He is a member of the American Academy of Neurology, the Neurocritical Care Society, and the Society of Critical Care Medicine.  He is currently principal investigator of several funded clinical research studies involving patients with acute intracerebral hemorrhage.

Diana Goodman, MD, is an assistant professor in the Department of Neurological Sciences at Rush University Medical Center.  She received her medical degree from the University of Miami in Miami, Florida.  She completed her residency in Neurology at Brown University and then completed a fellowship in Neurocritical Care at the University of Pennsylvania.  She is board certified in Neurology.  Dr. Goodman came to Rush from the Medical University of South Carolina in Charleston, South Carolina.

Dr. Goodman’s clinical and research interests are in intracranial hemorrhage, subarachnoid hemorrhage, acute head trauma and coma.  She is a member of various professional societies, including the American Academy of Neurology, the Society of Critical Care Medicine and the Neurocritical Care Society.

Sayona John, MD, section head of Critical Care Neurology and medical director of Neuroscience ICU. She is a fellowship-trained neurointensivist with an appointment as associate professor in neurology and neurosurgery. She is board-certified in neurology and neurocritical care. She completed her residency in neurology at the University of Mississippi, followed by a two-year stroke and critical care fellowship at Harvard Medical School/Massachusetts General Hospital. Prior to moving to Rush, she worked as assistant professor in the neuro ICU at University of Texas Medical Center in Dallas.

Her practice focuses on acute brain and spinal cord vascular disease. Her specific interests are in subarachnoid hemorrhage, intracranial hemorrhage, stroke, traumatic brain injury, infections of the brain, status epilepticus and intracranial pressure management.

 

 

George Lopez MD, Ph.D, is Associate Medical Director of the Neuroscience ICU.  He is a neurointensivist with additional specialty training in Vascular Neurology.  Dr. Lopez received his Medical Degree from the University of California at San Francisco and completed his residency in Neurology at UCSF and fellowships in Neurocritical care/Stroke at the University of Virginia. He is board certified in Neurology, Neurocritical Care, and Vascular Neurology. Dr. Lopez came to Rush from University of Texas in Houston where he worked for 12 years. Prior to that, he was on faculty at Baylor College of Medicine for 8 years.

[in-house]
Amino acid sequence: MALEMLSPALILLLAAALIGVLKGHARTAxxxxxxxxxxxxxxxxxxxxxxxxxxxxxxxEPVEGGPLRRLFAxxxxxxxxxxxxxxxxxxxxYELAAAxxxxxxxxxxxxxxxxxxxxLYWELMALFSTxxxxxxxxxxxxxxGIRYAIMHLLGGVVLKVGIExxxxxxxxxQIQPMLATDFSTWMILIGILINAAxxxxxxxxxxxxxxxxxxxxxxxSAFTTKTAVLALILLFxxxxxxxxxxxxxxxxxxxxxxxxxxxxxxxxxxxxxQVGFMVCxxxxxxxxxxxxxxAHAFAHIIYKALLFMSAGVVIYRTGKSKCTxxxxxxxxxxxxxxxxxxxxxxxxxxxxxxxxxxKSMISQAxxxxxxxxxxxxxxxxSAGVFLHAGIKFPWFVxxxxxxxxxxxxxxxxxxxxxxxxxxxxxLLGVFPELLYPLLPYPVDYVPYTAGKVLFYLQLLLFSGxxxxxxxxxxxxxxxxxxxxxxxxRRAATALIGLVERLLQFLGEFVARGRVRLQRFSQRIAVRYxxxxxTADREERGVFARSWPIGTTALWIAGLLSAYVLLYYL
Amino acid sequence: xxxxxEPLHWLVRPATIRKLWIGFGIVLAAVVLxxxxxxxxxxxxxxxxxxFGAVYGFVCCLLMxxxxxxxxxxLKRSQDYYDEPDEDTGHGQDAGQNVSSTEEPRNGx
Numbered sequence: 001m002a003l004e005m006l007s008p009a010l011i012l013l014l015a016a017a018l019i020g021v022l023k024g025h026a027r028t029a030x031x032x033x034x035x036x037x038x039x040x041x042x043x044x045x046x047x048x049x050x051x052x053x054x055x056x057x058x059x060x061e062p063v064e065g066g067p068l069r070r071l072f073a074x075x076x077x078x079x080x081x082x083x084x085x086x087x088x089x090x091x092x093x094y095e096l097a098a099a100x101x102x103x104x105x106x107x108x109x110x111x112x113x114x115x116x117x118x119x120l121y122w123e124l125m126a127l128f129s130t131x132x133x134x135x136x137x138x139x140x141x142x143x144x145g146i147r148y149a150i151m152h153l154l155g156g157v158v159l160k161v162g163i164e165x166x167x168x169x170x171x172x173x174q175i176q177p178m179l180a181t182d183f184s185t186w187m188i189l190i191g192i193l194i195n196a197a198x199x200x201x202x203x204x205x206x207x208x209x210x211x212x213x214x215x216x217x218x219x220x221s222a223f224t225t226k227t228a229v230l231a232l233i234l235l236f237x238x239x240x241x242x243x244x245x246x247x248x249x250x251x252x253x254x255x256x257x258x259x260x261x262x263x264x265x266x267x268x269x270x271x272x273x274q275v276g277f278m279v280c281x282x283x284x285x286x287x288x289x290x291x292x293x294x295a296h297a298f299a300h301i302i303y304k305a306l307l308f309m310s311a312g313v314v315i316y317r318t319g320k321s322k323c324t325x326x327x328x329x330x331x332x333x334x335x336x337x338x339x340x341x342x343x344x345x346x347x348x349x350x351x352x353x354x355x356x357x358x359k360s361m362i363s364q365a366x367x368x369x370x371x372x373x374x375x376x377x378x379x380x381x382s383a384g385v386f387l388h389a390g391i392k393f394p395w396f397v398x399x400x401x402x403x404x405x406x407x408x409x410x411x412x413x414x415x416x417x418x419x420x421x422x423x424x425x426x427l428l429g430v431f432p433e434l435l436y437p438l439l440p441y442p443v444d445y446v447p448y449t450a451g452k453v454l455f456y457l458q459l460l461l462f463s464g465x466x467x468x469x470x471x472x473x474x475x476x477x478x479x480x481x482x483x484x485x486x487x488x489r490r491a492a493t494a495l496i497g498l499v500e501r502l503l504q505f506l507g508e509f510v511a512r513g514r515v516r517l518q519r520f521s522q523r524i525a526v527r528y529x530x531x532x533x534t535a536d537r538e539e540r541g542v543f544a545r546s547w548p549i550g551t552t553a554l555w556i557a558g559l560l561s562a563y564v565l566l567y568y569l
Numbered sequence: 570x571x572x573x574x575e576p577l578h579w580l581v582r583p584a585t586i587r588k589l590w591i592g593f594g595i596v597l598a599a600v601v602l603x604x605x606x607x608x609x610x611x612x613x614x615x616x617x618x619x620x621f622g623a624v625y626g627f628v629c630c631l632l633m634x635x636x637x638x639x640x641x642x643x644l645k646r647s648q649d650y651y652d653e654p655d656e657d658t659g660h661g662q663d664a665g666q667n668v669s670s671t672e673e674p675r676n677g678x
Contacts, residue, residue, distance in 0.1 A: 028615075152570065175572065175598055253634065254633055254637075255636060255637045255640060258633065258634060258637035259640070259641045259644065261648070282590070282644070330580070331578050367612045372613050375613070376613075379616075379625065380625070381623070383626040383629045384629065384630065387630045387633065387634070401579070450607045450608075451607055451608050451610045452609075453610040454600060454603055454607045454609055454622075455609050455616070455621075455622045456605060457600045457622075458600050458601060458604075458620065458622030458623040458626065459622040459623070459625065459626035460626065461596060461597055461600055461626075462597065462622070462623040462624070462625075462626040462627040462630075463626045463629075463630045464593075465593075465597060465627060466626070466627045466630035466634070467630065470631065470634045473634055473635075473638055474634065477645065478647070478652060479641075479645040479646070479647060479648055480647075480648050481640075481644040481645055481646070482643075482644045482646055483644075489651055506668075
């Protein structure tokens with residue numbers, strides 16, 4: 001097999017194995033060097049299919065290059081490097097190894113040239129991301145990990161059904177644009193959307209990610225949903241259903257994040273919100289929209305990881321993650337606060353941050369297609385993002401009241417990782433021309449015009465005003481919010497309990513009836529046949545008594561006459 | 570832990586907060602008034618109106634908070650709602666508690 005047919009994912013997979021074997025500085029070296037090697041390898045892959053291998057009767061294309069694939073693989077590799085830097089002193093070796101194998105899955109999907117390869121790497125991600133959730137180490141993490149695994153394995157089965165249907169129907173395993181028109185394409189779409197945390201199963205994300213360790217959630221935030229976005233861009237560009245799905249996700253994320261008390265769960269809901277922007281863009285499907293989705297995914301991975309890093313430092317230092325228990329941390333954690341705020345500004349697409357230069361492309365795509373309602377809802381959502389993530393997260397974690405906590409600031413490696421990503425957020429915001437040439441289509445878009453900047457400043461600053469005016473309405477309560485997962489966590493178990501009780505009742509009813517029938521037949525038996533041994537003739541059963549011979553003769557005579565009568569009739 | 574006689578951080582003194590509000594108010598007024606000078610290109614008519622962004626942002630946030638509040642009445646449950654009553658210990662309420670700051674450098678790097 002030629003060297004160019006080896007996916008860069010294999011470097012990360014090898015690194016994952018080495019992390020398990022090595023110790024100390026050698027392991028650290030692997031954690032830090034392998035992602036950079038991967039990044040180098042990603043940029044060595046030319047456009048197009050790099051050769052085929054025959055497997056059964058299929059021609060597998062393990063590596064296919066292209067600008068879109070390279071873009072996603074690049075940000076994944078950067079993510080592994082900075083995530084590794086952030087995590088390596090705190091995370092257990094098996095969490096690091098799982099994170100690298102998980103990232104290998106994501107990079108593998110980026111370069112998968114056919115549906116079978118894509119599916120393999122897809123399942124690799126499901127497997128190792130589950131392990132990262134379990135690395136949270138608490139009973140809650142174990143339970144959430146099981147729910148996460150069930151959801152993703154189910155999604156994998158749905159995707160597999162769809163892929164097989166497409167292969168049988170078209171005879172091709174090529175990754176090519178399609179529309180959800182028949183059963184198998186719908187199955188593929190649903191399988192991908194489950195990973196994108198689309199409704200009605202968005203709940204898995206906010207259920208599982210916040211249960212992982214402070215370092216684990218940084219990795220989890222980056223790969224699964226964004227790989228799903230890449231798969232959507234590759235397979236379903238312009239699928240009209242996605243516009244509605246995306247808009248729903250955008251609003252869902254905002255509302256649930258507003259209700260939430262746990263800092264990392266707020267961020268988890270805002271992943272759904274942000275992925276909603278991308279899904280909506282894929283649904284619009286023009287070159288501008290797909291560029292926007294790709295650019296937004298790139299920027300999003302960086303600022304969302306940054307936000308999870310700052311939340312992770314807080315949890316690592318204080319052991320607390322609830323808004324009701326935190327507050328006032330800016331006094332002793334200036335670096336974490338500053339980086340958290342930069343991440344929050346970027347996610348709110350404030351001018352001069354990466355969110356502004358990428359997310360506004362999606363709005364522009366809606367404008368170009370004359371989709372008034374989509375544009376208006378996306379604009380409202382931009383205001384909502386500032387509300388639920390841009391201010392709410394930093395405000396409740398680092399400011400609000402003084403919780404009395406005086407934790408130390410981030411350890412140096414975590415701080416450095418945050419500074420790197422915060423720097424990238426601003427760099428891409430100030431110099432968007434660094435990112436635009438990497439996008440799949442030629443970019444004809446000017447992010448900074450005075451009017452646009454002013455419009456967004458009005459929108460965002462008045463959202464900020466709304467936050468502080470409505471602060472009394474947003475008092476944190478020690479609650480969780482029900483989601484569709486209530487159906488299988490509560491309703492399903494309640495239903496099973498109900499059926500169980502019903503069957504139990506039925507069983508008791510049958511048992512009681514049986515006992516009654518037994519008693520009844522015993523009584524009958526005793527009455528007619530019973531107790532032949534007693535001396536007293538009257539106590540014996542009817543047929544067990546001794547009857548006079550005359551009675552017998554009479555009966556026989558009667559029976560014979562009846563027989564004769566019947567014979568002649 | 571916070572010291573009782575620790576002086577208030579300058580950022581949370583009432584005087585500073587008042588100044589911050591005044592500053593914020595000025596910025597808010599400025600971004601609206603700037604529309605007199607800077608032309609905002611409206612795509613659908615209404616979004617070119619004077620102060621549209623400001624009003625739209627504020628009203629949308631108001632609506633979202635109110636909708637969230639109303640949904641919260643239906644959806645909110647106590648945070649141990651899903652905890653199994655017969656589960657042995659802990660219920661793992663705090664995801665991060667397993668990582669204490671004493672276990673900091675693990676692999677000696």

As a Neurointensivist he has specialty interest in acute brain injuries including intracranial hemorrhage, subarachnoid hemorrhage, acute ischemic stroke, acute head trauma, coma and cardiac arrest. His clinical and research interests include intracerebral hemorrhage,  subarachnoid hemorrhage, the use of hypothermia for acute brain injuries and new surgical and medical treatments for acute brain injuries.
 
He is a member of various professional societies including the American Academy of Neurology, the American Stroke Association, the Society of Critical Care Medicine and the Neurocritical Care Society. Additionally, he regularly presents lectures at national and international meetings on advances in neurocritical care, minimizing secondary brain injury, and new stroke treatments with an emphasis on practical clinical implementation​. 

Sebastian Pollandt, MD, is an assistant professor in the Department of Neurological Sciences at Rush University Medical Center. He received his medical degree from the Charité – Universitätsmedizin in Berlin, Germany. From 2003 to 2007, he studied cellular and subcellular mechanism of cue-conditioning in animal models of drug addiction in the neuropharmacology laboratory of Patricia Shinnick-Gallagher, PhD, at the University of Texas Medical Branch in Galveston. After graduating from the neurology residency training program at the University of Cincinnati Medical Center, he remained in Cincinnati to complete a neurocritical care fellowship with an emphasis on epilepsy.

His scholarly interests include continuous EEG, multimodal neuromonitoring, status epilepticus, antiepileptic drug therapy, and traumatic brain injury. He is board-certified in neurology, with subspecialty certification in neurocritical care and epilepsy.

Services

Conditions treated by our specialists include the following:  

  • Subarachnoid hemorrhage
  • Intracerebral  hemorrhage
  • Ischemic strokes
  • Traumatic brain injury
  • Spinal cord injury
  • Refractory seizures
  • Infections of the central nervous system
  • Neuromuscular crisis

Accreditation and Recognition

University Neurologists -- Neurocritical Care-Chicago, IL.
1725 W. Harrison St.
Professional Building I
Suite 1106
Chicago, IL 60612
Phone: (312) 942-4500
Fax: (312) 563-3592